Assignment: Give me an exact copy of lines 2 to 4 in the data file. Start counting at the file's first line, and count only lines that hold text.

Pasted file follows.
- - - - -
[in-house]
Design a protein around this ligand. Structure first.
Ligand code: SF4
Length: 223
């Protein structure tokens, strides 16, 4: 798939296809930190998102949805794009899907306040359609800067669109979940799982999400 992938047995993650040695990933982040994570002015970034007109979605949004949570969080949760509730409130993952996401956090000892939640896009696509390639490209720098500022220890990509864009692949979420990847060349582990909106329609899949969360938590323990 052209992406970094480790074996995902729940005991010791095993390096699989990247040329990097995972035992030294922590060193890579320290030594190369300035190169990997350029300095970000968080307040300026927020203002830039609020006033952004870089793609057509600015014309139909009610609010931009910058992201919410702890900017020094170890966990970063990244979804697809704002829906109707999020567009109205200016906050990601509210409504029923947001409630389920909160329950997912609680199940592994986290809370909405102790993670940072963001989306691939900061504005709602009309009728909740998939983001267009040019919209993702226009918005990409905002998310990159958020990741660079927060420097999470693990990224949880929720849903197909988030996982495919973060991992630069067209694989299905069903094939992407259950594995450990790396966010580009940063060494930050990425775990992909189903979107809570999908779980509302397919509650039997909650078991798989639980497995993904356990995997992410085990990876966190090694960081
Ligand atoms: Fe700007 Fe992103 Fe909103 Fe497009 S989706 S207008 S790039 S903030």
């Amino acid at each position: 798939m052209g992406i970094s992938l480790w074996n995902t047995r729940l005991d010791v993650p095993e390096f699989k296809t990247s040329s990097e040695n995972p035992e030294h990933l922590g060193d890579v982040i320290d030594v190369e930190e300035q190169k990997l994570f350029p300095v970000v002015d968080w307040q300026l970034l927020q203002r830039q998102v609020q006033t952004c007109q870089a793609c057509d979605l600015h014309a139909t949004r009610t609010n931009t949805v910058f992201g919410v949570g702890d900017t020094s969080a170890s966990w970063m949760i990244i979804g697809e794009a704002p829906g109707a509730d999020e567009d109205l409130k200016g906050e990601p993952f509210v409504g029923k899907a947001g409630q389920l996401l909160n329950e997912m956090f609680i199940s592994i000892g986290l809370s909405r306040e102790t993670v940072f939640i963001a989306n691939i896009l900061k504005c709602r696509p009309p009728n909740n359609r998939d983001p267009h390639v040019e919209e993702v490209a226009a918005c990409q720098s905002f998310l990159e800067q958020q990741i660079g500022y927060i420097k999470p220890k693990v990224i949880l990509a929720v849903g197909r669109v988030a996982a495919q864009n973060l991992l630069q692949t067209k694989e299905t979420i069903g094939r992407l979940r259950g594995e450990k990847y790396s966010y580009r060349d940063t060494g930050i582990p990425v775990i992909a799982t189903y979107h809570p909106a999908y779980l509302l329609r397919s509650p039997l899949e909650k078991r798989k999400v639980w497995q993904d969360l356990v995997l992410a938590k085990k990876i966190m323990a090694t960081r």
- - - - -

Design a protein around this ligand. Structure first.
Ligand code: SF4
Length: 223